The scroll is a slightly finer version than we usually use on the larger frame guns and rifles, but we feel that everything should be scaled and in proportion with the frame size. You’ll also notice some rose bouquets which we think add a tasteful look and break to the overall engraving design.
One final feature that always works well with these small bore guns are the carved fences which always add a touch of masculinity to an otherwise delicate gun.
Flushing Bobwhite quail in Texas brush country.
Carved fences always add a nice touch to our delicate bird guns.
Classic dove game scene on the right side of the action.
The word nice can be a pretty boring word to describe something you like but sometimes a gun arrives at the factory and the minute you open the case and first lay eyes on it, you think to yourself ‘yep, this is a nice gun’. More often than not you take it out of the case, inspect it in closer detail, spend 10 minutes pretending to shoot driven grouse with it in the showroom and the ‘nice gun’ quickly turns into a ‘damn nice gun’. When Trigger phoned me to ask about the latest preowned gun that had just arrived, before I’d even had chance to take it out of the case, handle it, or enjoy some imaginary grouse shooting, my immediate response to him was ‘this is a damn nice gun’.
That damn nice gun I’m talking about is this rare Westley Richards droplock 20g shotgun. Completed in 1906 for C.S. Somervile Esquire, it’s a fine example of a best quality shotgun, featuring our patent hand detachable locks, single selective trigger, snap lever work, Model C dolls head extension and a removable cover plate. The scroll back action has our classic Westley scroll engraving, which extends a couple of inches down the barrels and the trigger guard is engraved with a dog on point. The beautifully shaped and scaled action retains some lovely case colours and the engraving is superbly executed and crisp to the touch.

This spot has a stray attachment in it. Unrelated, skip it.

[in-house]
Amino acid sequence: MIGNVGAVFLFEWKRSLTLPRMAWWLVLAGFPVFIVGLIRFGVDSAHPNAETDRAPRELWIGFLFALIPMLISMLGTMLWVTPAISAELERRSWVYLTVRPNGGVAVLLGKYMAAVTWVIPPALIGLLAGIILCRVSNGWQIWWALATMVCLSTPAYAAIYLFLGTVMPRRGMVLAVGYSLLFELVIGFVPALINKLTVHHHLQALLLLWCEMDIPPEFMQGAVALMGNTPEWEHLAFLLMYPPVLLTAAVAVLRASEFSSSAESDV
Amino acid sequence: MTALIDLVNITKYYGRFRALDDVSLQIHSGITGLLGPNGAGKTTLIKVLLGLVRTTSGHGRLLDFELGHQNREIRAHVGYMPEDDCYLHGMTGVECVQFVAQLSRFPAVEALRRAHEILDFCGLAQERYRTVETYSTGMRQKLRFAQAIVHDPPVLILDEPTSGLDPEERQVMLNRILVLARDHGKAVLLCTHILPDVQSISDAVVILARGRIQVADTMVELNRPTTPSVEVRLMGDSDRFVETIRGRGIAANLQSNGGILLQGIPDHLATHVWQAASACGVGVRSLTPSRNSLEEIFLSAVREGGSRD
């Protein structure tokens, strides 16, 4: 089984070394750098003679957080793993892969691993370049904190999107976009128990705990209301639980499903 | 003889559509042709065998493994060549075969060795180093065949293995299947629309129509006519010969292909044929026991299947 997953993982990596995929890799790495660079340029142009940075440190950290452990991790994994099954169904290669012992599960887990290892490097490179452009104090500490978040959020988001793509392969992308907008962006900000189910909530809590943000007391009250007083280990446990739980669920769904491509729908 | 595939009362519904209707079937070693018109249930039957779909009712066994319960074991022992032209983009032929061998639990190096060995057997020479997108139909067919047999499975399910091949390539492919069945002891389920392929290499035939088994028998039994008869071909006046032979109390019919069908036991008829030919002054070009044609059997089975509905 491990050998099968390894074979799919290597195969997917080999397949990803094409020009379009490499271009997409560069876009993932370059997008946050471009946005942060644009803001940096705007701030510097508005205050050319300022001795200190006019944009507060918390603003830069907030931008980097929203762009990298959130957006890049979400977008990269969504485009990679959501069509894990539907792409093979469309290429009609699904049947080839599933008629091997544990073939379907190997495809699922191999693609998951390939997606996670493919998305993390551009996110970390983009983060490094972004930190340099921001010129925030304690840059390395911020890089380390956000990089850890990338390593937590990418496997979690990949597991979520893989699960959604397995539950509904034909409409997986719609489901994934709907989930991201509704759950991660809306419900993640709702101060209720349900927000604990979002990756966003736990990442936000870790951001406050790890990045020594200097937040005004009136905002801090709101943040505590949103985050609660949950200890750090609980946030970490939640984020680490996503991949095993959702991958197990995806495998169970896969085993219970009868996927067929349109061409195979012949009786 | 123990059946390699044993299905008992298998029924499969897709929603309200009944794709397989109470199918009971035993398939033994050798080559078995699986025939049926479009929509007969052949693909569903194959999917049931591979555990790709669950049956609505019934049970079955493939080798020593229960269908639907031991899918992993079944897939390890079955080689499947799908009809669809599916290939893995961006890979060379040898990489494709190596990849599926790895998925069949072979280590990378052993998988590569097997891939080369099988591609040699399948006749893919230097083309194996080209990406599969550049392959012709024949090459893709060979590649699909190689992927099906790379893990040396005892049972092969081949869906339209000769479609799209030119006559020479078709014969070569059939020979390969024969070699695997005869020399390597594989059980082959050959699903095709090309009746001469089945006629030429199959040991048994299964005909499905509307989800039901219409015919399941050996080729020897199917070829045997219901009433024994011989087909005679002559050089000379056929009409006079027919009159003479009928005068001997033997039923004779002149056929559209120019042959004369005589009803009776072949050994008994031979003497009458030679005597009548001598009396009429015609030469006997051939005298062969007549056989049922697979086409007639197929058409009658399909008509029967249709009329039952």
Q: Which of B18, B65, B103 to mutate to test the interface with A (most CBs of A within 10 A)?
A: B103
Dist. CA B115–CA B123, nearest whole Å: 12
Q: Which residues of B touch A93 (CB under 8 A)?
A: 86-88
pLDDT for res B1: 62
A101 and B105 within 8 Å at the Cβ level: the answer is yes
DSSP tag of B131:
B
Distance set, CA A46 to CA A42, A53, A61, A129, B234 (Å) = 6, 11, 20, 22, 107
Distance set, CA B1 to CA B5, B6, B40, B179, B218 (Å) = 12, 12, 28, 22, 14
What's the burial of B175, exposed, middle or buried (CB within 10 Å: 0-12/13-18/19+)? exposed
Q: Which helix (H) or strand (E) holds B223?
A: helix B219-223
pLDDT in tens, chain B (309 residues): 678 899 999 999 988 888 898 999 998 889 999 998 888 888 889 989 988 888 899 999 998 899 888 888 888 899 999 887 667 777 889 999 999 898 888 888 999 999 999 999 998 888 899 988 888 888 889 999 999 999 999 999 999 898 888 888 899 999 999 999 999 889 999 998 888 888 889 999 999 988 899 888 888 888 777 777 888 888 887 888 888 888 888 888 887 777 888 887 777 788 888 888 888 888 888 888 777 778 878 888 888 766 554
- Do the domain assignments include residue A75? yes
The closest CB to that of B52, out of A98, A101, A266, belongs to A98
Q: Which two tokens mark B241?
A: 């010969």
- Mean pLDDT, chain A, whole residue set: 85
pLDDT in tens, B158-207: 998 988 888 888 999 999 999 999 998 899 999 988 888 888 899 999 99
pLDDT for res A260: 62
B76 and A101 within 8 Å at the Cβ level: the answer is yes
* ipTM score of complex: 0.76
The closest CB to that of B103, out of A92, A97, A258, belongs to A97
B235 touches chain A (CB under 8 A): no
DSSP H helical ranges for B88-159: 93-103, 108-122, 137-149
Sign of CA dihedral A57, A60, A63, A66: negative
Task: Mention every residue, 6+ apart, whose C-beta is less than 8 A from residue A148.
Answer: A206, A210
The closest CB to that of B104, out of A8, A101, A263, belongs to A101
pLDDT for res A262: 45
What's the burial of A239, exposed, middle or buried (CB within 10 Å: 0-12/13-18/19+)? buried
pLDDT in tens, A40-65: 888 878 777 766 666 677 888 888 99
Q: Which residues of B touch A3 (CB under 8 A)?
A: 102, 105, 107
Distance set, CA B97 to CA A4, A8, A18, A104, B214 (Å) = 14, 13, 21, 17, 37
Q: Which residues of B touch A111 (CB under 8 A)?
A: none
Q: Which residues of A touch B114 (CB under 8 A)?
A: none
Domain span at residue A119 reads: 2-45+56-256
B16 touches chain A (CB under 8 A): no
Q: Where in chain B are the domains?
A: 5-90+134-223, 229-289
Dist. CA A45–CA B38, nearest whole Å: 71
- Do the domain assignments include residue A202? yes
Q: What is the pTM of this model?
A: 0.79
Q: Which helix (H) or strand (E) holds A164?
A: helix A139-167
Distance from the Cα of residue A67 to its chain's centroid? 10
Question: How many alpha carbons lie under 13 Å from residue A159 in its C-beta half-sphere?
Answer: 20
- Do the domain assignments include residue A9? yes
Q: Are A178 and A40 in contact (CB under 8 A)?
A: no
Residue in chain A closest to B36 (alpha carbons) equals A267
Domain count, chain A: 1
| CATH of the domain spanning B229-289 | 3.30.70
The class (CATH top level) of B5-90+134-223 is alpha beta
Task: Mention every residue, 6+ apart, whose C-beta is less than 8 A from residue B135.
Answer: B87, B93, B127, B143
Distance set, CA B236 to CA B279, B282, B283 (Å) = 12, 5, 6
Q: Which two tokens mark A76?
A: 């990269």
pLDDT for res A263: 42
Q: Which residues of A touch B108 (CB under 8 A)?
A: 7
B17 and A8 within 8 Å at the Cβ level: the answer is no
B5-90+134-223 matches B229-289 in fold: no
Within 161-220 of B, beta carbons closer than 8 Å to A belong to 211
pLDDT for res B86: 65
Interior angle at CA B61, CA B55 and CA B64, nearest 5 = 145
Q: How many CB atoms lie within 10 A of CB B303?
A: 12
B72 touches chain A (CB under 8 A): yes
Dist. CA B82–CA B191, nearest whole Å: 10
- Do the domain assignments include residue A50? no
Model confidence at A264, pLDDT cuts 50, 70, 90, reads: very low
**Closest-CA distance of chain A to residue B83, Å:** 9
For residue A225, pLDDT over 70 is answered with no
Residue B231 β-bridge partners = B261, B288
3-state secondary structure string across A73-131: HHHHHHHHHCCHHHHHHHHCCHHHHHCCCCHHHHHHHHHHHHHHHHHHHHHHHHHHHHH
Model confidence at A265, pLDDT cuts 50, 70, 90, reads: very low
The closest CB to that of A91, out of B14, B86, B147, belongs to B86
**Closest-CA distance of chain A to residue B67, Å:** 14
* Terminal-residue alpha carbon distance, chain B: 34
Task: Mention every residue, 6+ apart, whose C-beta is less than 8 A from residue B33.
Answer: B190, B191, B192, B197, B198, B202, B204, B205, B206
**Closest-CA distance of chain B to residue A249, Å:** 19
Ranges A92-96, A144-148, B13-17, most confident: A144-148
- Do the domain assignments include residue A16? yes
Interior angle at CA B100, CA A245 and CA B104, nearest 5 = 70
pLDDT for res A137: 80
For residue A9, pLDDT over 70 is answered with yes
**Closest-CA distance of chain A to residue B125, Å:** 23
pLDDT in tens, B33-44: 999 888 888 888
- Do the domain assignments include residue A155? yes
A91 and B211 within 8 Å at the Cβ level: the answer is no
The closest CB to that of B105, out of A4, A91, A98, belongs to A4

The gun was returned to us in 1988 for a full refurbishment and we rebarreled the gun with new 28” chopper lump barrels with 2 3/4” chambers, choked 1/2 in the right barrel and 5/8 in the left. The stock is stunning and has a lovely straight grain through the hand which then flows down to the toe. Rich and dark in colour the original length of 13 7/8” was extended to 14 3/4″ by a leather covered recoil pad. The splinter forend matches the stock perfectly and has the usual Deeley catch release and horn tip. The gun weighs 6lbs 4ozs and is well balanced. Weight in the barrels encourages a steady, controlled swing, which is often an issue with lightweight smaller gauges. The gun comes in a lightweight green canvas case with accessories.
The gun is really in superb condition and I can’t stress enough how rare it is to find a best quality 20g droplock, in this condition, from this era. I’m probably doing the gun an injustice by simply calling it a damn nice gun and there are numerous superlatives one could describe this gun with, but I feel this is a gun that speaks for itself and from the images, I think you’ll agree.
Since the 1950’s, Westley Richards has been one of the few English gun makers dealing in second hand guns and rifles by all makers. To this day the sale of used firearms remains a very important part of our daily business. With a globally recognised name, a very popular website and blog, a dedicated US Agency and an extensive sales network developed over the last 60 years, we have a diverse set of tools to market guns and rifles all over the World.
Today our on-line presence is at the core of our marketing. Using a combination of on-line tools such as a high traffic website, a blog with a devoted readership and a faithful following on social media, Westley Richards is easy to find and access from virtually anywhere in the World.
The new Westley Richards websiteis an updated and easy to navigate site that features our ‘used gun’ section prominently next to our retail site, history page and of course, information about the new guns and rifles we make. In addition to our website, our blog The Explora reaches a diverse group of buyers with different buying habits. We are also well known and easily recognised for our world class photography and, due in part to showcasing those efforts, we have a very large following on Instagram and Facebook.